When Joseph DiGiovanni described areas ravaged by superstorm Sandy on New York's Staten Island, he compared it to devastation he's seen before.
"It looks like a war zone," he said. "We know what a war zone looks like, and it looks like a war zone."
A U.S. Army specialist in Vietnam in the 1960s, DiGiovanni received two Purple Hearts for injuries he sustained when the ammunition belt of his machine gun was hit during an attack. He lost his left pinky finger and still has pieces of shrapnel in his chest and eyes. (It hasn't affected his eyesight "so far," he said.)
Now, he's the commander of Staten Island's chapter of Disabled American Veterans, a charity founded in 1920 by veterans who were disabled during World War I. After Sandy cleared, DiGiovanni, like leaders of other groups in New Jersey and New York, rallied his troops of fellow veterans to help their comrades.
With about a dozen volunteers at a time, DiGiovanni and his group have spent most of the two weeks since the storm bringing donations of blankets, food and water to as many of the island's roughly 1,000 veterans as he can.
"A lot of our guys lost their houses," DiGiovanni said, adding that the damaged houses he's seen "look like they've been bombed."
Just east of Staten Island, on New York's Long Island, Dennis Sullivan made similar comparisons between the damage he saw and his military service.
"It was like I'm back in Vietnam," he said. "I was talking to this lady, and I wanted to cry."
In Lindenhurst, N.Y., Sullivan said he helped one woman search through the wreckage of her house for a prized photo album.
"We finally found half of it," said the Vietnam vet. "We were hugging each other. I don't even know this woman, and we were hugging each other."
Sullivan was a personnel clerk for the Army, working as an alcohol and drug counselor in Da Nang, Vietnam, in 1971. Now he's in charge of the disaster relief fund for the New York branch of the Veterans of Foreign Wars.
The fund recently received a $50,000 donation for VFW members who lost their homes during Sandy, Sullivan said. He split the donation up and has been handing out $500 each to veterans who suddenly found themselves homeless.
"It's not much, but if they lost their house it can help," Sullivan said.
To be sure, Sullivan's handouts aren't the only resources available to storm victims. The Federal Emergency Management Agency has provided more than $300 million in emergency aid since Sandy, including vouchers so displaced people could stay in hotels. Last week, the agency announced it was bringing in manufactured housing. Also, the American Red Cross has been distributing blankets, gloves and meals, among other items, in storm-ravaged neighborhoods.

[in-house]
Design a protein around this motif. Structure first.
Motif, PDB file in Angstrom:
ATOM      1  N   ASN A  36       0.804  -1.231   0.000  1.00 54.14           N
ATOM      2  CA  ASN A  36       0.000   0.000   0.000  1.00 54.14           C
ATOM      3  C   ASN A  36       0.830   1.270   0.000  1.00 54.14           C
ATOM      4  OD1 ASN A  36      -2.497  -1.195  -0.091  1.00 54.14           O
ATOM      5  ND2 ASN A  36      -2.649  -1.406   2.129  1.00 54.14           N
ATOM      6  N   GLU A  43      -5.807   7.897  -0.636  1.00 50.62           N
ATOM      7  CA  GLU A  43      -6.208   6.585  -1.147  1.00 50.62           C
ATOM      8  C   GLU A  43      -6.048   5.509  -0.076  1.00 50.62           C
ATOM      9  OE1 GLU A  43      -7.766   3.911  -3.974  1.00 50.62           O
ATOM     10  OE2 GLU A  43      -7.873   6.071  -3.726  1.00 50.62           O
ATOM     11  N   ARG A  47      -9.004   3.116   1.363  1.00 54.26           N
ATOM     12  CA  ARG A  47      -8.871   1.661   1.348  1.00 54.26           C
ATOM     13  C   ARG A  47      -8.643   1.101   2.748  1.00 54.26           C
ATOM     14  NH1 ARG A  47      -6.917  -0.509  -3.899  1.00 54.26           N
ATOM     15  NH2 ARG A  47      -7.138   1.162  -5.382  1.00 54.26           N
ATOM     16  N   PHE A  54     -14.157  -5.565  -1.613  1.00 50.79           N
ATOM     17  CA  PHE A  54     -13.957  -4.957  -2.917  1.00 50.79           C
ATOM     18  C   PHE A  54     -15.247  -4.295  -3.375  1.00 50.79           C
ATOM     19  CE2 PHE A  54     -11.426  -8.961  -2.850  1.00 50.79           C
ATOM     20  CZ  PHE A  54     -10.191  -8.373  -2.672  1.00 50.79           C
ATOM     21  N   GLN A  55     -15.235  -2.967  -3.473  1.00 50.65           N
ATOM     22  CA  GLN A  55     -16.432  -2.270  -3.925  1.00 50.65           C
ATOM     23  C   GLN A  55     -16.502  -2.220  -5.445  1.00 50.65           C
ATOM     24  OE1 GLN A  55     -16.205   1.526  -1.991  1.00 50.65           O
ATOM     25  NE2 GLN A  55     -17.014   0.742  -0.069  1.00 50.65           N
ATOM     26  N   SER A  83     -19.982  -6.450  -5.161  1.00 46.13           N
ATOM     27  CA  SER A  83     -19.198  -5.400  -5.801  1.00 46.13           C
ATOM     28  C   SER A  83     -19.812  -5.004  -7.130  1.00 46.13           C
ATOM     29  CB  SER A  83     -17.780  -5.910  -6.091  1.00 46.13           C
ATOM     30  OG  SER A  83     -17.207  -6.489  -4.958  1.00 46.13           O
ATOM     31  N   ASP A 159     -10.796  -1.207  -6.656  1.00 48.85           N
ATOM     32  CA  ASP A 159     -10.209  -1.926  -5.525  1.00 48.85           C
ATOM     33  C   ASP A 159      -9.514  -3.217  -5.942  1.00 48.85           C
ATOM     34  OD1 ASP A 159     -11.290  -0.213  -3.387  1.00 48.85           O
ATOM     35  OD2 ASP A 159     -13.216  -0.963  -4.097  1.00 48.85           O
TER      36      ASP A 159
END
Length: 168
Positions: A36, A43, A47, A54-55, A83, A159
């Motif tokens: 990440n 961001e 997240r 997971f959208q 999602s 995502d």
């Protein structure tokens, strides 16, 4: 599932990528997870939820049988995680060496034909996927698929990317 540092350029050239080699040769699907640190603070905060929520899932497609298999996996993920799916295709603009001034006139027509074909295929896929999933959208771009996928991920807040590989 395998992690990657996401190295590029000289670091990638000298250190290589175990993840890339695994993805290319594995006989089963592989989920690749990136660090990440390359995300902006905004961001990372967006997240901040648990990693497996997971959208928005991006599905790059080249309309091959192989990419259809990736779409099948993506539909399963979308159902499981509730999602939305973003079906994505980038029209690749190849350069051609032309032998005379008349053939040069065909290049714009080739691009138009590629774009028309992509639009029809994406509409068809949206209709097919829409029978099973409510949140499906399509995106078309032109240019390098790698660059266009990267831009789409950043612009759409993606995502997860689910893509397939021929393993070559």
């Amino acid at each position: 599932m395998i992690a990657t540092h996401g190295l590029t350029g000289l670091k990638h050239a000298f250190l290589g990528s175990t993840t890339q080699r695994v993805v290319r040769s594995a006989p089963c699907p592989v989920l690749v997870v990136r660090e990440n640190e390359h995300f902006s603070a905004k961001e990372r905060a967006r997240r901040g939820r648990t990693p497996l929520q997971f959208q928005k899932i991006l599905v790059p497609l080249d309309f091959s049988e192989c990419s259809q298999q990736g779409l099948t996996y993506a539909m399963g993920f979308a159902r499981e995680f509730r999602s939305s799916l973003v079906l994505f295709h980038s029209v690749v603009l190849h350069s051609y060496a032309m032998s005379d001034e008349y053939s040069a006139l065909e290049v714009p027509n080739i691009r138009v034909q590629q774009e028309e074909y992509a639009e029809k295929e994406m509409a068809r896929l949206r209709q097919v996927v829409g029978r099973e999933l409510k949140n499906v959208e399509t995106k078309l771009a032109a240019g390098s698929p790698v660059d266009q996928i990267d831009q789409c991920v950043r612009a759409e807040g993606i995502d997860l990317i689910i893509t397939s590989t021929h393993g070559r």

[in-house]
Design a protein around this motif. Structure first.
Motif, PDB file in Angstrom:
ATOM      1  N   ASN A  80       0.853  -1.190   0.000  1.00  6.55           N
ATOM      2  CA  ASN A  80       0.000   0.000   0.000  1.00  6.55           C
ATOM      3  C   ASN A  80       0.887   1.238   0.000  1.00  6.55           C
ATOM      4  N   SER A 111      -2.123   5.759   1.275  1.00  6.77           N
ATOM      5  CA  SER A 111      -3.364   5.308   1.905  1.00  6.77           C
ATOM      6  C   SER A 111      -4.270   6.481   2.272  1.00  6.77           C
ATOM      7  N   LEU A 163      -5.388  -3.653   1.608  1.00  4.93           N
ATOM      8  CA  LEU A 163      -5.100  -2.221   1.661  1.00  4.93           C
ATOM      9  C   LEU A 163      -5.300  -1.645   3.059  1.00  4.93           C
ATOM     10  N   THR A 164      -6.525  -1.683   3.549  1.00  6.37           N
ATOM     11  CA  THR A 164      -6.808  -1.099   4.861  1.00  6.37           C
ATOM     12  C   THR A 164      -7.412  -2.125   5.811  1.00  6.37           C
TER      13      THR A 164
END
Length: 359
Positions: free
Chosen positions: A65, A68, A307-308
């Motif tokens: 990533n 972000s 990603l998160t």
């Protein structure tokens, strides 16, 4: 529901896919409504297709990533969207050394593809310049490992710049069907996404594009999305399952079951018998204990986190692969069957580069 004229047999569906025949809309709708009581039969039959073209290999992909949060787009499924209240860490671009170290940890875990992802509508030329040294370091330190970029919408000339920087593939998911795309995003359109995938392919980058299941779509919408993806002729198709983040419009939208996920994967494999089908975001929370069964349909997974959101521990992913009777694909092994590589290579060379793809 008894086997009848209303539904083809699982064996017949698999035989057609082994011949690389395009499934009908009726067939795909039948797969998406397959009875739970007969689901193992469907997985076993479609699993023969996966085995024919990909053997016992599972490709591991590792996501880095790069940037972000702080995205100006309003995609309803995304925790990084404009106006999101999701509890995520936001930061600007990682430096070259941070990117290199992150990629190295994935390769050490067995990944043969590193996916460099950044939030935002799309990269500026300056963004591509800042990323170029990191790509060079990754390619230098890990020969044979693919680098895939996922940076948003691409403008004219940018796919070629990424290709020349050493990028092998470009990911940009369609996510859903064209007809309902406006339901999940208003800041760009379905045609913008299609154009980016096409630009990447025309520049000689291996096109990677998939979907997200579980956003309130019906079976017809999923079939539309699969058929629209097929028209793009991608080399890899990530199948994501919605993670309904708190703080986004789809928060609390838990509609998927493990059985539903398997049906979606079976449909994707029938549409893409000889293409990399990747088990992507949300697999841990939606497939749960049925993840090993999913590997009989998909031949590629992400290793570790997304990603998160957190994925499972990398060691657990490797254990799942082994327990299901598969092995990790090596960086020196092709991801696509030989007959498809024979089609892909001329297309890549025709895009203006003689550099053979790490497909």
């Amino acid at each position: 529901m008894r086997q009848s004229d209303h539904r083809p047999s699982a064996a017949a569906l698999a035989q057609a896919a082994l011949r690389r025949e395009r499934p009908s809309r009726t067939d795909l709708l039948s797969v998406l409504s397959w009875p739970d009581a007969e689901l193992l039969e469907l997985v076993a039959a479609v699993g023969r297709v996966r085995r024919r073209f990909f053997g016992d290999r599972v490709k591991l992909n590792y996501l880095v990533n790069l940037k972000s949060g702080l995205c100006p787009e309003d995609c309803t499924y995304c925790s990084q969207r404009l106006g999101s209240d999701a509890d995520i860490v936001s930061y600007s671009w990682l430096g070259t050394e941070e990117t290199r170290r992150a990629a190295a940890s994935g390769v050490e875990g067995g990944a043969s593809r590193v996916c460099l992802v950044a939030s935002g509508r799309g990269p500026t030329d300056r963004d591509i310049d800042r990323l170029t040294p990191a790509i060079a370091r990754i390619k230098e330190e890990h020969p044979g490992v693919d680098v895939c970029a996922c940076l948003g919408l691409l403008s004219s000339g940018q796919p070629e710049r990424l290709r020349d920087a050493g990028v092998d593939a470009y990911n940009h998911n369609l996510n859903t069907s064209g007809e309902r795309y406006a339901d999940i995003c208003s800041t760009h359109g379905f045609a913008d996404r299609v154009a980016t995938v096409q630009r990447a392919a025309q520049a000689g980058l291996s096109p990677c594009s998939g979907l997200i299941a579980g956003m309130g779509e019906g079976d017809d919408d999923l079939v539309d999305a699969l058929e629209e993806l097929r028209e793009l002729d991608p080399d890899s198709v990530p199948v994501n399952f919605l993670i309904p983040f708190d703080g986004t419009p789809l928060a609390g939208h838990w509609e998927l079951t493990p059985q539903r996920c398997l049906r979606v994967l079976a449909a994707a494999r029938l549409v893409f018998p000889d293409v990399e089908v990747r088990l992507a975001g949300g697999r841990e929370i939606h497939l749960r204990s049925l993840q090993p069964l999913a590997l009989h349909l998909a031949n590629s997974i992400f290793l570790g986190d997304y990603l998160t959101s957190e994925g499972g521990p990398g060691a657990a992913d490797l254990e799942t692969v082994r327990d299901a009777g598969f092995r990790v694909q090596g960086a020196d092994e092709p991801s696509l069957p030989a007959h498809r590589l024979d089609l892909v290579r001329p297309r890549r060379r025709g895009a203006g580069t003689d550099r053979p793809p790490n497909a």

To help victims of Sandy, donations to the American Red Cross can be made by visiting Red Cross disaster relief, or you can text REDCROSS to 90999 to make a $10 donation.
The VFW's fund has also opened up six soup kitchens in Long Island's Nassau and Suffolk counties as well as Staten Island and the other New York City boroughs of Brooklyn and Queens. On Friday, Sullivan visited one VFW soup kitchen on Long Island and said it was serving about 110 people.
"It was just devastating what I'd seen the other day, and then we got hit with four inches of snow," he said, referring to Wednesday's nor'easter that added more power outages to the area.
In New Jersey, the VFW's adjutant quartermaster for the state, Bob Pinto, said he's been giving out money to not just VFW members who lost their home or remain without electricity, but also to any military personnel who have been on active duty within the past three years.
Unlike Sullivan, Pinto wouldn't disclose how much the group's giving to New Jersey veterans.
"There's too many unreliable people out there that are looking to make a buck," Pinto said.
Out of the VFW's roughly 35,000 members in New Jersey, Pinto estimated on Friday that about 25 veterans who've been affected by Sandy have reached out to the organization. That includes one veteran who lost power and took refuge at the VFW post in Ocean County, which includes the hard-hit shore communities of Long Beach Island and Seaside Heights.
Separating the number of veterans Sandy affected from the tens of thousands who lost their homes or are still living without electricity is a challenge. According to Army Staff Sgt. Wayne Woolley, a National Guardsman and spokesman for New Jersey's Department of Military and Veterans Affairs, about 426,000 veterans call the Garden State home.
However, New York City was able to keep track of one group of veterans before, during and after the storm. The city had to relocate the 243 residents of a veterans-only homeless shelter when the facility in the Long Island City neighborhood of Queens was flooded by storm surge from the East River.
Evelyn Erskine, spokeswoman for the Mayor's Office of Veterans Affairs, said homeless people are asked if they're veterans when they go into one of the intake centers around the city. Those centers are staffed by city employees with military backgrounds.
"Obviously the city feels that these people served our country," said Heather Janik, a spokeswoman for the Department of Homeless Services, "and we want to make sure that we're there for them."